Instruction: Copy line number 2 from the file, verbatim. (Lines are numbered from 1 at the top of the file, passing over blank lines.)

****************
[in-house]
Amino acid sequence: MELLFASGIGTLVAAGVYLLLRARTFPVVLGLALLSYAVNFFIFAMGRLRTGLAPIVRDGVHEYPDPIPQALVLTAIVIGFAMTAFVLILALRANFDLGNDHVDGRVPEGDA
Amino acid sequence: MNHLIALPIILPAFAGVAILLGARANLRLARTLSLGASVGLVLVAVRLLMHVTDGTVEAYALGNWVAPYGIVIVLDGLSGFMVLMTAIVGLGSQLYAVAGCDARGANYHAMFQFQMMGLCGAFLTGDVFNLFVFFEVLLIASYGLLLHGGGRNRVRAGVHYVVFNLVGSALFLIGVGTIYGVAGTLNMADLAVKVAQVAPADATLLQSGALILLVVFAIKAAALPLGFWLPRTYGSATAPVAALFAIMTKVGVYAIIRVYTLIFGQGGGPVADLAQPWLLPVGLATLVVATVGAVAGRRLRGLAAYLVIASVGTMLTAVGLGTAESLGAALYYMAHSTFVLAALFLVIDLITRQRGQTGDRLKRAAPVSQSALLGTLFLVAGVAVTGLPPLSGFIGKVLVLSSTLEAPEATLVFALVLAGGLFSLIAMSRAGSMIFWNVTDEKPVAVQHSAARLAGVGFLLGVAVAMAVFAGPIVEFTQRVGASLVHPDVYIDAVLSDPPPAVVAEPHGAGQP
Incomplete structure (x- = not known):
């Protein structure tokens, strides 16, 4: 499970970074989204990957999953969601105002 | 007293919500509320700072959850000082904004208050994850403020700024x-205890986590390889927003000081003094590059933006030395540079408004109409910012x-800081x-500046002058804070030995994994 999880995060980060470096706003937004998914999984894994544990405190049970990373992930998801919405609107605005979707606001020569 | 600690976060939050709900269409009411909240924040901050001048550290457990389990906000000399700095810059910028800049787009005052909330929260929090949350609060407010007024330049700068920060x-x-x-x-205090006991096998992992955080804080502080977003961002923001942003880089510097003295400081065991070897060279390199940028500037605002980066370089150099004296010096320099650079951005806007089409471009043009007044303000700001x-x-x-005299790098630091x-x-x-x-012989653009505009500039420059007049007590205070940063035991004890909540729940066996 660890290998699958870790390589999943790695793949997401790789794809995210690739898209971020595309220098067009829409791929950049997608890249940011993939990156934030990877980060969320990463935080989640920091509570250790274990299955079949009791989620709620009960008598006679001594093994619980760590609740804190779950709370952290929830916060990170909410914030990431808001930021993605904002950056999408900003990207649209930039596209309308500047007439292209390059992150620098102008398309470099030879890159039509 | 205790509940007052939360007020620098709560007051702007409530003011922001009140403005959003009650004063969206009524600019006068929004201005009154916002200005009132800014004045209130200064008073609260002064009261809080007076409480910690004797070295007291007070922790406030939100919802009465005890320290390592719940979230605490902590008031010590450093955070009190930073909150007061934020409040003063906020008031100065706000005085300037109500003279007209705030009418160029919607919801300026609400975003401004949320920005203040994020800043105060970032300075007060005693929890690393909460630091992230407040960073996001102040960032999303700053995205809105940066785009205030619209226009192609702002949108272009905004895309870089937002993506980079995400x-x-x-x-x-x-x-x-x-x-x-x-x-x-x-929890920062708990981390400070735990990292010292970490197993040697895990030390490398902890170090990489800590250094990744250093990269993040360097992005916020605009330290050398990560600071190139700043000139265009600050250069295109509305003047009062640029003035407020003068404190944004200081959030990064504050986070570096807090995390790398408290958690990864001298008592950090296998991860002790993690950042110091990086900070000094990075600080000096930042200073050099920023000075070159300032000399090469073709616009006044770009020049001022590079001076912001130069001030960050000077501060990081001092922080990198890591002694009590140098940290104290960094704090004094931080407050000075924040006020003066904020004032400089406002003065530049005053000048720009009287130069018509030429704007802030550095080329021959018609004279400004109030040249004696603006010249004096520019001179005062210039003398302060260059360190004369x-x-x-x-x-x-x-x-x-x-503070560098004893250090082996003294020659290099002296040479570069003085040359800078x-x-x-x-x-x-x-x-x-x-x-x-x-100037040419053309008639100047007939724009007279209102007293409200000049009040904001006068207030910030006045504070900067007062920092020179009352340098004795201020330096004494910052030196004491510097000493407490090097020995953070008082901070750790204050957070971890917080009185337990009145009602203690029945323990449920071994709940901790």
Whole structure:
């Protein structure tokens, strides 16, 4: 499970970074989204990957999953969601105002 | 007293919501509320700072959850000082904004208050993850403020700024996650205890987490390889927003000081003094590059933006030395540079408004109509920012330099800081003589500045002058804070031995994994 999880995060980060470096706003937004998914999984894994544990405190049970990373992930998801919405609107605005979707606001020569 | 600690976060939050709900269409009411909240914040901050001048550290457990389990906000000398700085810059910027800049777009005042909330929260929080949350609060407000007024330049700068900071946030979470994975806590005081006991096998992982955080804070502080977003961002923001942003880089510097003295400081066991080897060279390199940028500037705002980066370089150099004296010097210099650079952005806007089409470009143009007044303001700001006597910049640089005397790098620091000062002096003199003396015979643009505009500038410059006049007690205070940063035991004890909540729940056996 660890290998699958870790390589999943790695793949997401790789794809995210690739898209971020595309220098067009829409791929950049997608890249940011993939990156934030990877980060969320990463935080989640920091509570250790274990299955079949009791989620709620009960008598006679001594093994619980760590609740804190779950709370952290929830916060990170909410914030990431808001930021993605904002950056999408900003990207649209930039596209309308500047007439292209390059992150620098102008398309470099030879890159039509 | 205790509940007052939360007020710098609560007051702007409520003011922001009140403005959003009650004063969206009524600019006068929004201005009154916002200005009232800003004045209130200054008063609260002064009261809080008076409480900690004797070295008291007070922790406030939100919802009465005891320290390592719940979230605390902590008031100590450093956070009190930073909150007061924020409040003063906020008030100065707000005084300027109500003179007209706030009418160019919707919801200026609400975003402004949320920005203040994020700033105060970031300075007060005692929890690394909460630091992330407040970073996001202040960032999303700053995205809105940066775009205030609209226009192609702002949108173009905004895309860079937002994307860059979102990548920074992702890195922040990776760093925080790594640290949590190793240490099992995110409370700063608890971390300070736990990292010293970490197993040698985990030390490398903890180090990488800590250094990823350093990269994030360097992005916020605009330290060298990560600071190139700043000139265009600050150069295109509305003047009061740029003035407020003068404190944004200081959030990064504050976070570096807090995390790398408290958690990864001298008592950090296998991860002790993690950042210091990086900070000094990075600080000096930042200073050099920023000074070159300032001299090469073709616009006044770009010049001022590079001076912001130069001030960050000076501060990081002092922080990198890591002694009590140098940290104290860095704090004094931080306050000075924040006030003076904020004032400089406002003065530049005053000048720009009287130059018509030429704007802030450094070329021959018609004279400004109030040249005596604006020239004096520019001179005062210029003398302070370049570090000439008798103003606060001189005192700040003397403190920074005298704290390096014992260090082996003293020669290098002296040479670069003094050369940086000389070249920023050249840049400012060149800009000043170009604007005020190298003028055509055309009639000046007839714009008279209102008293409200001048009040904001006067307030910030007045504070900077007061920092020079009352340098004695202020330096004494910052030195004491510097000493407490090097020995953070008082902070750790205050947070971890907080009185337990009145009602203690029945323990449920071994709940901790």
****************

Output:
Amino acid sequence: MELLFASGIGTLVAAGVYLLLRARTFPVVLGLALLSYAVNFFIFAMGRLRTGLAPIVRDGVHEYPDPIPQALVLTAIVIGFAMTAFVLILALRANFDLGNDHVDGRVPEGDA